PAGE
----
Why should becoming successful footballer, or musician, or film star, or even a member of the royal family, indicate that someone’s private life becomes fair game for public comment?

    (Politicians are a different case; they’re making policy and should expect to be examined closely while they do so. Still… the press in this country has a lousy history of even treatment of politicians.)

    I don’t understand why anyone not directly involved cares whether this man had an affair, much less is willing to pay money to a newspaper to hear more, but that’s personal taste and I appear to be outvoted. But the fact that a majority are willing to pay for this doesn’t automatically make it a public good that it can be sold. If I did this to someone as a private citizen it would – rightly – be seen as deeply creepy, scary, invasive stalking. Why does that change if I wear a press pass while I do it?

    If you believe freedom of speech is an absolute good, then there’s a reasonable case to be made. But even in that case, there are places in the UK where it’s under much more serious attack.

    • ackpht says:

      “I don’t understand why anyone not directly involved cares whether this man had an affair…”

      Because a lot of people still believe that adultery is a very bad thing, and that it should not be ignored under the guise of respecting the offender’s “privacy”.

  14. dargaud says:

    “Why should becoming successful footballer, or musician, or film star, or even a member of the royal family, indicate that someone’s private life becomes fair game for public comment?”

    Because those fucks earn 200 000 times more than I do. That’s why.

  15. aldasin says:

    “Why should becoming successful footballer, or musician, or film star, or even a member of the royal family, indicate that someone’s private life becomes fair game for public comment?”

    Because they pay publicists to spread misinformation and lies.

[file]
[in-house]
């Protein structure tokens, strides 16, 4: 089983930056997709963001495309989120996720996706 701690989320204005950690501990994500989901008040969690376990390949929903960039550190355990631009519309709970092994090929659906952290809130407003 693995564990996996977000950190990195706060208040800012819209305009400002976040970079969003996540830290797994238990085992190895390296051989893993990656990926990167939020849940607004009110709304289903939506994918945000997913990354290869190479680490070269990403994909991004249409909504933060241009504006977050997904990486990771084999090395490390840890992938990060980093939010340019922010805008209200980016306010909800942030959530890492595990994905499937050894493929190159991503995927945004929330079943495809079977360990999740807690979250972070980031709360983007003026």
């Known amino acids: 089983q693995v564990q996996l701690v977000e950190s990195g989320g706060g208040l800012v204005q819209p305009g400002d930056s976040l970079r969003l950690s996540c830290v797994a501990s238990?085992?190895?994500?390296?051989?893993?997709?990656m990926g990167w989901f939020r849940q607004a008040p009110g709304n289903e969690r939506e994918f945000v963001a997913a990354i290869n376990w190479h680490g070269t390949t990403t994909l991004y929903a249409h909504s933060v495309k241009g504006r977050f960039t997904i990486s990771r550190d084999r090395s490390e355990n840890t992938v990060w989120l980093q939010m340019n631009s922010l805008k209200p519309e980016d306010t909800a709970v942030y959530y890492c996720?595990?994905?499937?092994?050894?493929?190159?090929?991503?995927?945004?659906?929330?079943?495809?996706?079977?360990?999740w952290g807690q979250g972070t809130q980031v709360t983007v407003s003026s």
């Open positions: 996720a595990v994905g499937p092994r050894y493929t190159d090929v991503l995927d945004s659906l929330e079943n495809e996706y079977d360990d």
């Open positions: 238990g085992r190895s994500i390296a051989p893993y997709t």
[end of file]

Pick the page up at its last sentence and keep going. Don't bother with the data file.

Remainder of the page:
Basically, if you ever put out press releases, you’re fair game for scrutiny. If you ever published a biography, you are fair game.
    Most people don’t do these things.

    • Anonymous says:

      Because as humans we have the right to talk and think. And reality is reality. And if you find out about something you find out about it. Secrets are only secrets until someone finds out. The reason why anyone should be able to write about anyone truthfully is so self evident it’s trite and begins to sound like a tautology.

  16. Anonymous says:

    @aldasin,

    I’ll add too, that by their socially recognized position, they become models of behavior; when they take part in advertising, they are offering us a product based on Aristotle’s ‘ethos’ which should demand attention to how they conduct their affairs.

    If you don’t want to be scrutinized, don’t be a public figure.

    Lanval

  17. phisrow says:

    Umm, I don’t see what the fuss is about. Everybody knows that the footballer in question has been amicably separated from his wife for as long as we’ve been at war with East Asia, which is to say, forever. Tempest in a teapot.

    • Deidzoeb says:

      Not everybody knows the details of this footballer in question. I don’t even know who this footballer in question. Could you please violate the injunction and tell?